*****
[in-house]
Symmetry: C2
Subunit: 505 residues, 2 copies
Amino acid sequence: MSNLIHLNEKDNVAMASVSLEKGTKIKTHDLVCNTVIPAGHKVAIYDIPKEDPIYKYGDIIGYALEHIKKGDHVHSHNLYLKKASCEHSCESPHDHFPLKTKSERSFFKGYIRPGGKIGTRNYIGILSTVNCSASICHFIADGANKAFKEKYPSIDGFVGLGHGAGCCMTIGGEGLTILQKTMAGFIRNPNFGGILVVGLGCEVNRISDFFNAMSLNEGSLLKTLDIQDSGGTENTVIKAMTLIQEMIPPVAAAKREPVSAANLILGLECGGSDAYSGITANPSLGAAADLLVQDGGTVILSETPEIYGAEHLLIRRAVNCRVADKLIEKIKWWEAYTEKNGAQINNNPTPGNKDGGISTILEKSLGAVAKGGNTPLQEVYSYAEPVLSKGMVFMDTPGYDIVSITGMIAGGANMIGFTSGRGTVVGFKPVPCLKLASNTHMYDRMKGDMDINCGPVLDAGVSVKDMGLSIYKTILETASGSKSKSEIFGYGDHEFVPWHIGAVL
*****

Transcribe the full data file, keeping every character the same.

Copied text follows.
[in-house]
Symmetry: C2
Subunit: 505 residues, 2 copies
Amino acid sequence: MSNLIHLNEKDNVAMASVSLEKGTKIKTHDLVCNTVIPAGHKVAIYDIPKEDPIYKYGDIIGYALEHIKKGDHVHSHNLYLKKASCEHSCESPHDHFPLKTKSERSFFKGYIRPGGKIGTRNYIGILSTVNCSASICHFIADGANKAFKEKYPSIDGFVGLGHGAGCCMTIGGEGLTILQKTMAGFIRNPNFGGILVVGLGCEVNRISDFFNAMSLNEGSLLKTLDIQDSGGTENTVIKAMTLIQEMIPPVAAAKREPVSAANLILGLECGGSDAYSGITANPSLGAAADLLVQDGGTVILSETPEIYGAEHLLIRRAVNCRVADKLIEKIKWWEAYTEKNGAQINNNPTPGNKDGGISTILEKSLGAVAKGGNTPLQEVYSYAEPVLSKGMVFMDTPGYDIVSITGMIAGGANMIGFTSGRGTVVGFKPVPCLKLASNTHMYDRMKGDMDINCGPVLDAGVSVKDMGLSIYKTILETASGSKSKSEIFGYGDHEFVPWHIGAVL